The SNAP Vaccine: Keeping Kids Healthy
Time and time again we are reminded that hunger remains a problem in America. The latest reminder comes from a Food Research and Action Center (FRAC) poll. Since 2008, Gallup has asked respondents if, in the last year, there was a time that they did not have enough money to buy the food their family needed. In 2011, 18.6 percent said, “yes” -- the highest annual rate yet.
This FRAC poll found that more people reported having trouble buying food in the last half of 2011, as food prices rose and unemployment and underemployment remained high. In fact, more people reported food hardship in the third and fourth quarters of 2011 (19.2 and 19.4 percent respectively) than in any period since the fourth quarter of 2008 – the height of the recession. The states where the most people had trouble buying food were generally in the South. Mississippi (24.5 percent), Alabama (23.4 percent), West Virginia (22.5 percent), Kentucky (22.5 percent), and South Carolina (21.9 percent) had the highest percentages of food hardship.
Like an illness, hunger leads to poor health and hurts child development. The folks at Children’s HealthWatch point out that we already have a vaccine for the hunger: The Supplemental Nutrition Assistance Program (SNAP, formerly Food Stamps). Like a good vaccine, SNAP effectively prevents malnutrition and alleviates hunger, allowing participants to get back on their feet. According to their research, children on SNAP are less likely to be underweight or have developmental delays. Families who can rely on SNAP are also less likely to make trade-offs between buying food and other staples like electricity and heat for their homes. By investing in the “SNAP vaccine,” we are putting end to hunger and its consequences.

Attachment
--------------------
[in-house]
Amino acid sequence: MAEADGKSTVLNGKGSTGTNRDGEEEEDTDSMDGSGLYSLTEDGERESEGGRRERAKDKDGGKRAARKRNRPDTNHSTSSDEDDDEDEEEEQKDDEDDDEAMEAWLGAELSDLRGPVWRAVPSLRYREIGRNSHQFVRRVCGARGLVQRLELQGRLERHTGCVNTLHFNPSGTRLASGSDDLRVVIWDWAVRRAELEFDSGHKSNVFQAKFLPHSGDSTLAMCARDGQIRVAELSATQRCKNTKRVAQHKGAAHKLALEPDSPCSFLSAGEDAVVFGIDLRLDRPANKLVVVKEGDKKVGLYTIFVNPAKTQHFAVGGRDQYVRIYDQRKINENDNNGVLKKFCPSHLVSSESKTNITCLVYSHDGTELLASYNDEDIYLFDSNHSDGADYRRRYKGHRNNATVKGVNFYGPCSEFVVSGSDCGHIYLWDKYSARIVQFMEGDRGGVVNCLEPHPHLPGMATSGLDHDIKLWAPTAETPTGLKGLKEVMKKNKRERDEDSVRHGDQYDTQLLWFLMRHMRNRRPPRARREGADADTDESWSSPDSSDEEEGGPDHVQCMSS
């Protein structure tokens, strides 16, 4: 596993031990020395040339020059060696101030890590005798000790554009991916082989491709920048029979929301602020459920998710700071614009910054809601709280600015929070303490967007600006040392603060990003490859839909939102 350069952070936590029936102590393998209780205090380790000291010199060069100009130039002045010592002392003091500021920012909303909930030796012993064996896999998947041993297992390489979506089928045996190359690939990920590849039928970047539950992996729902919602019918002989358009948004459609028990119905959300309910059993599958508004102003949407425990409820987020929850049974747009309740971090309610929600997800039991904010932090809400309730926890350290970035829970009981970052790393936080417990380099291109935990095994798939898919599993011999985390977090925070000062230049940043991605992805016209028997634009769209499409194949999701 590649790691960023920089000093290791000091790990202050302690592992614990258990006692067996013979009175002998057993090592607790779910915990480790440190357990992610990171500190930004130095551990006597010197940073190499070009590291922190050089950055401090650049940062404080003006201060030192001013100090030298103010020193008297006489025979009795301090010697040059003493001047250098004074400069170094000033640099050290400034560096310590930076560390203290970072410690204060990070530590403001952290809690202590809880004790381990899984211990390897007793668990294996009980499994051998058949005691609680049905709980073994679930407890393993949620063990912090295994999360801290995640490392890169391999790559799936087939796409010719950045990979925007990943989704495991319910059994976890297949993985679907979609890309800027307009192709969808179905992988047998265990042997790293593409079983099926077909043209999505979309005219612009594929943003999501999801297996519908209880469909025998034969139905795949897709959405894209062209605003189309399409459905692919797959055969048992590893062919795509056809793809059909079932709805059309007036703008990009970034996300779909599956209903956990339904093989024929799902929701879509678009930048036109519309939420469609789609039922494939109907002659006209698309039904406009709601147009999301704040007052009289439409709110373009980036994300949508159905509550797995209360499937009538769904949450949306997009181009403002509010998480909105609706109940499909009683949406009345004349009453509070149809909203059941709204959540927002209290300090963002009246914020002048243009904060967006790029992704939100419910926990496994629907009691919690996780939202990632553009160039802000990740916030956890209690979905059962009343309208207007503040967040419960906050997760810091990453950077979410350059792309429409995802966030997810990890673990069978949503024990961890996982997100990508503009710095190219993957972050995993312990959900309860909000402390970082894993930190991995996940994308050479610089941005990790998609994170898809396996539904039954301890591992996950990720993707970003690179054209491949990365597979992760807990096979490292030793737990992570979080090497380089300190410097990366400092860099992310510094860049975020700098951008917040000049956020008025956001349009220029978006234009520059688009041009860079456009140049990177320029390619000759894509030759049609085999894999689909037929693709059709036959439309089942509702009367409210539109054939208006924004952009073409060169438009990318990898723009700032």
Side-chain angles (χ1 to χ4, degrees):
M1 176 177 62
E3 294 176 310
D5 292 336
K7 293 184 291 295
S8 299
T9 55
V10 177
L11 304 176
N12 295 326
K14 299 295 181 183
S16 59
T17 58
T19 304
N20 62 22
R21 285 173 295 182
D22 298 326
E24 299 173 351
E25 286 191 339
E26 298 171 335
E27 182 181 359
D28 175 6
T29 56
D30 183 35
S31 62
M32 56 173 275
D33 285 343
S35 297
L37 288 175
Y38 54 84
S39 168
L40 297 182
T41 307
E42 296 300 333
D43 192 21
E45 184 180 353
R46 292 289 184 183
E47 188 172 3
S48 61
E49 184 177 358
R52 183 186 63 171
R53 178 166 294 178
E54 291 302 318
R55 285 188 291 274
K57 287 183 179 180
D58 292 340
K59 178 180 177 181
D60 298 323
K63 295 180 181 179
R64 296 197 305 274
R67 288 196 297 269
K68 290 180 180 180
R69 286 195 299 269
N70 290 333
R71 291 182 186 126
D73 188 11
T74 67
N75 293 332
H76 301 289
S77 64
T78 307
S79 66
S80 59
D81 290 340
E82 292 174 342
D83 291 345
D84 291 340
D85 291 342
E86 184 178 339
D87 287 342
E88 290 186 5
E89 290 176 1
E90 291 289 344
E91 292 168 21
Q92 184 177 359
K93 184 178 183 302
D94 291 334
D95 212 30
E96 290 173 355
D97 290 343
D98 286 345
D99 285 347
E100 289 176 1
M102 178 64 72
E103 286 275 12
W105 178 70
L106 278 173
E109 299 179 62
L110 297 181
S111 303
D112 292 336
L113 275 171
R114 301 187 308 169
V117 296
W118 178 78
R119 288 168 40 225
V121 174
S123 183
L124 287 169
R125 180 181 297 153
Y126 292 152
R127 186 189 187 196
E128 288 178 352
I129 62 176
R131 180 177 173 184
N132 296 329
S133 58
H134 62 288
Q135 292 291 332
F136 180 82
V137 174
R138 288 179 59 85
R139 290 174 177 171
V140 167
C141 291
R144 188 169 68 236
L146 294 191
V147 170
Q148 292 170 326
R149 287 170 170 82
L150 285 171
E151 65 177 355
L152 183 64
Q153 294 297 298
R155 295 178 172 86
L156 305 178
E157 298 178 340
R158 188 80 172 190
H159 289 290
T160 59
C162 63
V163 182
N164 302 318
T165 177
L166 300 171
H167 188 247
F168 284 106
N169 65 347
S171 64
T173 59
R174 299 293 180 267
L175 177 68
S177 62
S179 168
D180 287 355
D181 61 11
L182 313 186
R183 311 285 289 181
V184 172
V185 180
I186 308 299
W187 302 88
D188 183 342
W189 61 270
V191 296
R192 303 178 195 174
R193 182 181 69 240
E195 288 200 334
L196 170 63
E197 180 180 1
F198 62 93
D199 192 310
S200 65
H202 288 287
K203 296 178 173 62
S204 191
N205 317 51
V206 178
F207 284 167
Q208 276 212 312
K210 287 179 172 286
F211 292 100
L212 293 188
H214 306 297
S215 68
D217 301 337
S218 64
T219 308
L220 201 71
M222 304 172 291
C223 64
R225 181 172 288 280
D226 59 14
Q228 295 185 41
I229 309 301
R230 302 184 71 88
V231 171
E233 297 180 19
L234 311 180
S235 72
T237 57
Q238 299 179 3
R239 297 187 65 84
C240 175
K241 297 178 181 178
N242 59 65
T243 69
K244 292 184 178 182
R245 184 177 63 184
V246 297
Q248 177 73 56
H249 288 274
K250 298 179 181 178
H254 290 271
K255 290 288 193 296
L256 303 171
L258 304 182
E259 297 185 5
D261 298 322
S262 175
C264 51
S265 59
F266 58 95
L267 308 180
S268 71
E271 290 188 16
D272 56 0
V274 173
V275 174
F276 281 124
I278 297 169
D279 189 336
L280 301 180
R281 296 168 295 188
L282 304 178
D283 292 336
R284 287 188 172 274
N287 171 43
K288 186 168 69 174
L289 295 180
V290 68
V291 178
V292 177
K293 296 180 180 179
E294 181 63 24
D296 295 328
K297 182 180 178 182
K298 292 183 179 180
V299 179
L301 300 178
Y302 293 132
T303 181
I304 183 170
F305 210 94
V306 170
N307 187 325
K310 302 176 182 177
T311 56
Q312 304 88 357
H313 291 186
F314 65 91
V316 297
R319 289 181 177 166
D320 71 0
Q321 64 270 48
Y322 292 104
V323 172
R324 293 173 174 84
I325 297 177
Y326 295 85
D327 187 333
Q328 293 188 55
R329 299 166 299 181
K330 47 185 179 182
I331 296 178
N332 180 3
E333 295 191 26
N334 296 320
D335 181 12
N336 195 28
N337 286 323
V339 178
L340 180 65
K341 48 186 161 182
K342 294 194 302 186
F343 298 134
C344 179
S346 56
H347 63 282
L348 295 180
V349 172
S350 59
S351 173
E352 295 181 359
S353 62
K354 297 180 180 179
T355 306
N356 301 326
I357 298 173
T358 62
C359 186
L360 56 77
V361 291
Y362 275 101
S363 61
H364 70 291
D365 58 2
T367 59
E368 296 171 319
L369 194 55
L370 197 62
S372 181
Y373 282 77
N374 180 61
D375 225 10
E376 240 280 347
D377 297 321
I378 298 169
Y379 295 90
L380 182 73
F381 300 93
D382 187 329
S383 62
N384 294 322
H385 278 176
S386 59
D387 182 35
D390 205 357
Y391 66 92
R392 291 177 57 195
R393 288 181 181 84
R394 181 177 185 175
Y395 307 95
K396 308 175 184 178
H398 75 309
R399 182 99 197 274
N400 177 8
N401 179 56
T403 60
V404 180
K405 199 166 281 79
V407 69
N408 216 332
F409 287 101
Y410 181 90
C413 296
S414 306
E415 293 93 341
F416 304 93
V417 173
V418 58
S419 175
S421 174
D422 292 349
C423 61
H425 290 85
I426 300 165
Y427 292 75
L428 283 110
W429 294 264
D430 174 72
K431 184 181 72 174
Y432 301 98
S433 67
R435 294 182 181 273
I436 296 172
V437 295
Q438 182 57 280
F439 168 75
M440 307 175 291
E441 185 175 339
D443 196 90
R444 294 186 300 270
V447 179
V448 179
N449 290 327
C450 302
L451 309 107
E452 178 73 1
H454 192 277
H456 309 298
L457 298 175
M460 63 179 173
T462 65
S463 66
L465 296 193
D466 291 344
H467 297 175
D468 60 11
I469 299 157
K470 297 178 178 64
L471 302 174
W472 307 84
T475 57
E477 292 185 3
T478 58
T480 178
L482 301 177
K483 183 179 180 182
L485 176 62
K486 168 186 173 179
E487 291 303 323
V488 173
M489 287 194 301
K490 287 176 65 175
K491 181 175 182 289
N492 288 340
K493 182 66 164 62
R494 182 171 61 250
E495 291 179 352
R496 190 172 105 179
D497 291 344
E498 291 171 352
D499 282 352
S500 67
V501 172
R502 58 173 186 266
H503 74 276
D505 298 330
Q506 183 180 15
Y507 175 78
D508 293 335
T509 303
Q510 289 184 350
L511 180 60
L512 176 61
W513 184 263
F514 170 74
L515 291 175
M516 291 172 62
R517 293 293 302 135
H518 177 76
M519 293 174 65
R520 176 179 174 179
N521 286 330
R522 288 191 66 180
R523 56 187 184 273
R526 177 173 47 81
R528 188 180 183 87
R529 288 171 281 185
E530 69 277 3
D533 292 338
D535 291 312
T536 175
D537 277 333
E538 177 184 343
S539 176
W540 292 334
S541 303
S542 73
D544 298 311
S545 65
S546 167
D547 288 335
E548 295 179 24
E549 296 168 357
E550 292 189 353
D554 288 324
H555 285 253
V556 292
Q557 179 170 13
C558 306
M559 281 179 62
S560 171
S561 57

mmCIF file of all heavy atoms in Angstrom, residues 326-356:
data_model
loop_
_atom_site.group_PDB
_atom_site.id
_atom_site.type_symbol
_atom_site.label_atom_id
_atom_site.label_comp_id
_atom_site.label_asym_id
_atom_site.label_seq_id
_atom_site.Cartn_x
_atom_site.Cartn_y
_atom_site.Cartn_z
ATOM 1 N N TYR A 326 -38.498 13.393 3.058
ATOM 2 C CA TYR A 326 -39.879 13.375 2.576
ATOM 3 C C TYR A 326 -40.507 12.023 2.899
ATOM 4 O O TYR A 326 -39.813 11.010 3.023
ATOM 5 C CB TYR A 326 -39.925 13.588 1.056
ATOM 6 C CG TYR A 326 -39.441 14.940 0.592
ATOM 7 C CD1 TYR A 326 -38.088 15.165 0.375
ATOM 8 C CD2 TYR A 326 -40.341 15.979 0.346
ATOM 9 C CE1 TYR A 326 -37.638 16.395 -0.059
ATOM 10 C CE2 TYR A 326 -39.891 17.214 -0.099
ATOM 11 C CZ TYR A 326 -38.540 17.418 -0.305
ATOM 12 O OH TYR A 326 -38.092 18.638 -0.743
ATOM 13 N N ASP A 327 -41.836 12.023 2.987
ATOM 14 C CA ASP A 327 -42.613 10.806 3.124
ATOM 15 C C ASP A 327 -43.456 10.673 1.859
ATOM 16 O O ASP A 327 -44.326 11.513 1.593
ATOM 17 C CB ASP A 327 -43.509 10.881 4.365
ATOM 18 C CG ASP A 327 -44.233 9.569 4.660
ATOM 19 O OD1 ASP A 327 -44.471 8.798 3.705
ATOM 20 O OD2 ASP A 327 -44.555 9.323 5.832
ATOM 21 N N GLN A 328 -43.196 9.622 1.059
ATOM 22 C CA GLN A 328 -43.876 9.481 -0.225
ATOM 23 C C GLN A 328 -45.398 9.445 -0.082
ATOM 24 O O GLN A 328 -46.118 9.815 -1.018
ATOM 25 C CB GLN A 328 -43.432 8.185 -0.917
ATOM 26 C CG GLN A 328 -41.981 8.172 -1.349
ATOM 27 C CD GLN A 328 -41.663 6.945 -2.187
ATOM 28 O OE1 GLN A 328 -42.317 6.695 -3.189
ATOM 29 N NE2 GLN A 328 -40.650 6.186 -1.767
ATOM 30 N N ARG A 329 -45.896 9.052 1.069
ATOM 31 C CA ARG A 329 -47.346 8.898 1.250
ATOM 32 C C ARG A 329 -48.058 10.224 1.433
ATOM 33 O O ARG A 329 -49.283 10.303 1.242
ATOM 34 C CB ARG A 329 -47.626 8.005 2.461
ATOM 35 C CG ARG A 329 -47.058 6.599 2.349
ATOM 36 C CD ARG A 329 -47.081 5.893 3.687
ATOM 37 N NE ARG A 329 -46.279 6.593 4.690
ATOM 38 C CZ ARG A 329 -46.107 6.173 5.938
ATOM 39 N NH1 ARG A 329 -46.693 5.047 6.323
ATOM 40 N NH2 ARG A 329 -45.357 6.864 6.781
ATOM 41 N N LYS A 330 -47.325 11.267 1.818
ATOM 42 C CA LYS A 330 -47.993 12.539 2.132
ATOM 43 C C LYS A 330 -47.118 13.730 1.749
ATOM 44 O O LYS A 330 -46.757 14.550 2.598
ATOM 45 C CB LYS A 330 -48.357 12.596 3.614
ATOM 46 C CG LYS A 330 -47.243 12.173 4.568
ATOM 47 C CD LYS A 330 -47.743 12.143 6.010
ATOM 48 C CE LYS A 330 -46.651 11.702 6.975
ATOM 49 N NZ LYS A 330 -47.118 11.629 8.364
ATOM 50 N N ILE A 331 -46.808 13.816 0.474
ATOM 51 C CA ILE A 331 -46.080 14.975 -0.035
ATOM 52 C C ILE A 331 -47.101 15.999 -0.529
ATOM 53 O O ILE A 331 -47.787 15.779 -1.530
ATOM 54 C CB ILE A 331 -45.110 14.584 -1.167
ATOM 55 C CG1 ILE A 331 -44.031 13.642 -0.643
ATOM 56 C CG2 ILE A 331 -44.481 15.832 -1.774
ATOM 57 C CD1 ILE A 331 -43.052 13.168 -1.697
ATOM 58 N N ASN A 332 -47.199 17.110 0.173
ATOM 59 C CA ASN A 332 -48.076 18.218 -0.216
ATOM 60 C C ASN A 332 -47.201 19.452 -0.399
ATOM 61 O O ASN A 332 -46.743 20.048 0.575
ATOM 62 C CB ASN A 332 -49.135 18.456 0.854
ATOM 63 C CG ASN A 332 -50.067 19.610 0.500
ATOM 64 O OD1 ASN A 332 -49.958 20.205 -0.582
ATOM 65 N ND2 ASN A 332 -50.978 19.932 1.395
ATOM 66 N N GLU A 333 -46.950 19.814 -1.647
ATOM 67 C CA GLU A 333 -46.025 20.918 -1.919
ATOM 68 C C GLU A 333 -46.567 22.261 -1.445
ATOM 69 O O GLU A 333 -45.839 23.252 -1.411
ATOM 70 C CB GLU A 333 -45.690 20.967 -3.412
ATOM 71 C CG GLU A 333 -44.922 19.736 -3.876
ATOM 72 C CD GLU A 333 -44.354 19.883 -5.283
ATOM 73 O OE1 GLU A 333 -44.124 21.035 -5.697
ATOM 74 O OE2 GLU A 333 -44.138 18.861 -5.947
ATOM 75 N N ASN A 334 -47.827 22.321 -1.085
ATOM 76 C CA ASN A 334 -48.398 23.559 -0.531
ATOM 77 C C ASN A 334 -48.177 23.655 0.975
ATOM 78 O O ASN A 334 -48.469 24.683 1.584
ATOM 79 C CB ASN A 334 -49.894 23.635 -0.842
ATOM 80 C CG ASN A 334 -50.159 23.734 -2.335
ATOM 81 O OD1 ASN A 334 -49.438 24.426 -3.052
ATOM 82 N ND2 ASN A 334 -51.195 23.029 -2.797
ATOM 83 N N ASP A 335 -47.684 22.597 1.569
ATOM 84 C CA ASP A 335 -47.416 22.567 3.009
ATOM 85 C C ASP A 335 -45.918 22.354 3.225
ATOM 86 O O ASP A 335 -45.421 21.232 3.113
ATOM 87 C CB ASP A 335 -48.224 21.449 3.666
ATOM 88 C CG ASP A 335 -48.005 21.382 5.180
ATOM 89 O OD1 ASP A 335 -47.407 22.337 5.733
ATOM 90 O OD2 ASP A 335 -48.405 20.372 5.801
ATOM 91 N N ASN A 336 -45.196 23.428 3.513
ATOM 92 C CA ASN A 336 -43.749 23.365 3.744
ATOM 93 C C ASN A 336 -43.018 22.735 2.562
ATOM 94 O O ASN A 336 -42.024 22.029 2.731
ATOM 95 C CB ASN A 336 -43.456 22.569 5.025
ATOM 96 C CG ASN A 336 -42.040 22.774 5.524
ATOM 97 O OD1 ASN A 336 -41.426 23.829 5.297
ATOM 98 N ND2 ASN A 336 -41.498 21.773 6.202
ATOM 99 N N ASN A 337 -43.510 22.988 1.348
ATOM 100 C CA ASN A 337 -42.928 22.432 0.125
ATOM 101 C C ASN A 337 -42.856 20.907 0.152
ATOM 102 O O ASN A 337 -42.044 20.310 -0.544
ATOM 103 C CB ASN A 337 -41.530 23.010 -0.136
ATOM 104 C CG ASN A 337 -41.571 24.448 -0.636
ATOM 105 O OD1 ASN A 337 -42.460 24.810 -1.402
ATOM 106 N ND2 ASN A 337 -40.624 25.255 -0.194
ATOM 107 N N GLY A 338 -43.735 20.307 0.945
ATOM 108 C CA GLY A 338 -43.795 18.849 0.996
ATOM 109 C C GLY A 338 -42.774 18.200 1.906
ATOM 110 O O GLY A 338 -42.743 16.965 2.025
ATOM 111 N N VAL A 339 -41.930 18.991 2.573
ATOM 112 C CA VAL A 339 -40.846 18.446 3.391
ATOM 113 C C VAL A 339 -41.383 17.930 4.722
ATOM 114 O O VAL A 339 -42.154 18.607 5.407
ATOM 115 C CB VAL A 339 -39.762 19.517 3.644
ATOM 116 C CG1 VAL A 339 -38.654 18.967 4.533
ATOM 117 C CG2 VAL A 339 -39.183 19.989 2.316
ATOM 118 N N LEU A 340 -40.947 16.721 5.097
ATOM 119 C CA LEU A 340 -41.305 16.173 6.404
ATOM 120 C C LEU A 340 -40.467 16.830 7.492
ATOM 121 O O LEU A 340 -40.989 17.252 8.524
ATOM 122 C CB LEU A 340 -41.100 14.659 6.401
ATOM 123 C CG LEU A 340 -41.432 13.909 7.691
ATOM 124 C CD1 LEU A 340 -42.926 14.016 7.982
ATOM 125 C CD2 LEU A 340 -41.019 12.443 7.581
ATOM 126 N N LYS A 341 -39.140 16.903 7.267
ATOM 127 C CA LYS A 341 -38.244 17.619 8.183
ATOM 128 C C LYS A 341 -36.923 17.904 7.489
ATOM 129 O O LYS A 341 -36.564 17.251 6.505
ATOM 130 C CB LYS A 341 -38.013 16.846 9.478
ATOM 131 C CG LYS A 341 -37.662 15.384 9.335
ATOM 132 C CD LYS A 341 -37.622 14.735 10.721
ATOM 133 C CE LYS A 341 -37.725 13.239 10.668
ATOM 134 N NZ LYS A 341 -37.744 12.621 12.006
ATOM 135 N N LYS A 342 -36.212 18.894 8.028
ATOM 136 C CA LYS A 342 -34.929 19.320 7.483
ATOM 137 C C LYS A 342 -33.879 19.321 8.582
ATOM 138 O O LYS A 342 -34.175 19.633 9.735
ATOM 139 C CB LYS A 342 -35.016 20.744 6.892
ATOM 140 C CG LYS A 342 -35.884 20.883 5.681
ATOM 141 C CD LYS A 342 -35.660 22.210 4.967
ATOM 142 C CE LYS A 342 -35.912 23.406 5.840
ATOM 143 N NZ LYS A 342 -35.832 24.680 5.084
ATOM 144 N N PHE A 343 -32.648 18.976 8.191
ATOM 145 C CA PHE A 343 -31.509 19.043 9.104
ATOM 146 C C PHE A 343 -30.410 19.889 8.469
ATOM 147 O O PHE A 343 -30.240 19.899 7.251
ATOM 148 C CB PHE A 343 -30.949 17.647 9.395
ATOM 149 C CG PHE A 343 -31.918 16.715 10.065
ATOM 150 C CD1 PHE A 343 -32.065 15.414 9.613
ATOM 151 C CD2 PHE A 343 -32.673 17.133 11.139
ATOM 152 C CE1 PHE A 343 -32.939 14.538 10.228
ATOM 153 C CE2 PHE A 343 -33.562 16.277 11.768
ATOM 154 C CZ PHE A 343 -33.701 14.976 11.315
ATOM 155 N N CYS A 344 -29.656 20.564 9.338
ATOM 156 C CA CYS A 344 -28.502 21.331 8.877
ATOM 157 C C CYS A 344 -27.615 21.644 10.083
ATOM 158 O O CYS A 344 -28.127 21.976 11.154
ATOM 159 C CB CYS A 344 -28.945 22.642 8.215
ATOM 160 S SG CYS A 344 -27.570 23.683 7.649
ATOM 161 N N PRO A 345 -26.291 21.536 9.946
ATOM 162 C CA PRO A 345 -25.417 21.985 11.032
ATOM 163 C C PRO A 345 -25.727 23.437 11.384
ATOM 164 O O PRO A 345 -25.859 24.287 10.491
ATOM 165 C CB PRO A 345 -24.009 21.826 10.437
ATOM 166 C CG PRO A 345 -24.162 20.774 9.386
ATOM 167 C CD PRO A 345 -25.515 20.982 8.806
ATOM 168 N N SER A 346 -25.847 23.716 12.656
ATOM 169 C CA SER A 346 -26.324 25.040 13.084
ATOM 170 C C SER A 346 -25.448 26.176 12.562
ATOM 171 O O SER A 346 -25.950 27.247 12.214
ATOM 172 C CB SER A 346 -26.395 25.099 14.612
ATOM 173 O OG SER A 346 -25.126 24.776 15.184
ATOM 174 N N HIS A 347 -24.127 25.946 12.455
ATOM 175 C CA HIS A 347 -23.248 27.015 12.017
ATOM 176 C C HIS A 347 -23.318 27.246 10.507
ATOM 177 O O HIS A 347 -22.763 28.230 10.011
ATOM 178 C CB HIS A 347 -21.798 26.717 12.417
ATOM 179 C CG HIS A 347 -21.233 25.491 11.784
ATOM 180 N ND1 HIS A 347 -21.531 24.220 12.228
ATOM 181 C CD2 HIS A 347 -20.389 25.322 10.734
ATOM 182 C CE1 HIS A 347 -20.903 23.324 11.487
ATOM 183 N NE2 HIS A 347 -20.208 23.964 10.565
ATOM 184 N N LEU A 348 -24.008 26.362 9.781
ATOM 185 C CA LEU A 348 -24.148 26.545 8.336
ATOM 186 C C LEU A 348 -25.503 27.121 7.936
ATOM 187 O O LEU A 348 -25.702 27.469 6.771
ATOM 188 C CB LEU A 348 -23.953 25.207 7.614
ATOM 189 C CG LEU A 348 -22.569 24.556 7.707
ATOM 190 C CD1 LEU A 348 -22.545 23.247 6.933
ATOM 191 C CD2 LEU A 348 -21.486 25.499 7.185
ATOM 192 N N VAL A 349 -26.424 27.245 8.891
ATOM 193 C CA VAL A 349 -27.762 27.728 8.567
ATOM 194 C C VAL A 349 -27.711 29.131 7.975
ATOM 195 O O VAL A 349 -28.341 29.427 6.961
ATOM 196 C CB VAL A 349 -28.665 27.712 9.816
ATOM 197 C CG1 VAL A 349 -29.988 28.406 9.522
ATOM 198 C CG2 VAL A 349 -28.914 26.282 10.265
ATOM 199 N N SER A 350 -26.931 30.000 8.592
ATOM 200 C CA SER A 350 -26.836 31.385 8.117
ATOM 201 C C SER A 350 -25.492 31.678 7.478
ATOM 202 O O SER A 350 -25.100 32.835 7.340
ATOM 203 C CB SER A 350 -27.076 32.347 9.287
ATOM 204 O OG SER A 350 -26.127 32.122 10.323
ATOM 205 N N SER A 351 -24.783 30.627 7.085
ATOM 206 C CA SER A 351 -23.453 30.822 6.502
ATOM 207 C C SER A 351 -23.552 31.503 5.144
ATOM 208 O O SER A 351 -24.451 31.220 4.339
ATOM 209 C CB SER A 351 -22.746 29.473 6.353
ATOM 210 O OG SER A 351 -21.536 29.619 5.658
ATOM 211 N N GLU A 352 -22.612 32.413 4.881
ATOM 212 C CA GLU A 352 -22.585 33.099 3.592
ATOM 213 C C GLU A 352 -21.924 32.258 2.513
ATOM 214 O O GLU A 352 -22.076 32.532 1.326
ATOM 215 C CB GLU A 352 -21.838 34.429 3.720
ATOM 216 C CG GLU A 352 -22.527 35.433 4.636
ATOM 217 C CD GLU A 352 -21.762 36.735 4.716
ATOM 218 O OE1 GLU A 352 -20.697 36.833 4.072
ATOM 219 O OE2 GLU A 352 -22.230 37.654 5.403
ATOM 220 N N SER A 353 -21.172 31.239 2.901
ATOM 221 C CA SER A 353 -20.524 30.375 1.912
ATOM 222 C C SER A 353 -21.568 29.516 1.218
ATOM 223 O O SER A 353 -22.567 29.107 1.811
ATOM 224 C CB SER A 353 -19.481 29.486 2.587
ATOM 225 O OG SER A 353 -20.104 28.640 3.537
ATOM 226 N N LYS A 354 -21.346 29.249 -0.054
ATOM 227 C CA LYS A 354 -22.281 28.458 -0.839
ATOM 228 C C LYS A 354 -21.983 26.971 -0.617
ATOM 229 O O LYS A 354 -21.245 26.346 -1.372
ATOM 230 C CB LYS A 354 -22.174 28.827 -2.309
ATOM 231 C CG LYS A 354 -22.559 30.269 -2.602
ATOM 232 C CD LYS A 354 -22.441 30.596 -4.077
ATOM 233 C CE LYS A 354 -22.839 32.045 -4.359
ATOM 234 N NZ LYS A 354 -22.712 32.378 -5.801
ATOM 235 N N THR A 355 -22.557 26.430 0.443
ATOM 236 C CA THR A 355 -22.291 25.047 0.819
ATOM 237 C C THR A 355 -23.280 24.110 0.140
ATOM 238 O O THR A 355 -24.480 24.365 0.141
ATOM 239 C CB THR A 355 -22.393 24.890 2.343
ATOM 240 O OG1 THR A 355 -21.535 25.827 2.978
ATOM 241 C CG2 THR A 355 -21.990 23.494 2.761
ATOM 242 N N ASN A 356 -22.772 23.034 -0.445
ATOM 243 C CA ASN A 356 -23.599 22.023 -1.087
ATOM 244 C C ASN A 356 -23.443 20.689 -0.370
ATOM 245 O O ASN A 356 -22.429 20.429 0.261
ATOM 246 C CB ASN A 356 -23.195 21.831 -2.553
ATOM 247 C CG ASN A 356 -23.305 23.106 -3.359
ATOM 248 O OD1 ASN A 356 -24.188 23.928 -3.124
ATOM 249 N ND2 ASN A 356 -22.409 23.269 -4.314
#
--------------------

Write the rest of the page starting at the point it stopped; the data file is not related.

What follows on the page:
In the 2009 American Recovery and Reinvestment Act (ARRA), Congress enacted a temporary boost in SNAP benefits to combat rising food prices. FRAC’s polls found that the boost stemmed the rising number of families struggling to buy food during the recession. Two years after ARRA, Children’s HealthWatch found that children on SNAP were more likely to be healthy than eligible children who weren’t enrolled.
Unfortunately, Congress cut this increase in SNAP benefits to pay for other legislation. Families on SNAP will now see a drop in their benefits in October of 2013. The President rightly addressed this problem his recent budget proposal, but it’s up to Congress to enact it. Let’s continue to combat hunger and poor nutrition through this highly effective vaccine by protecting SNAP and returning the ARRA boost that has helped so many families.
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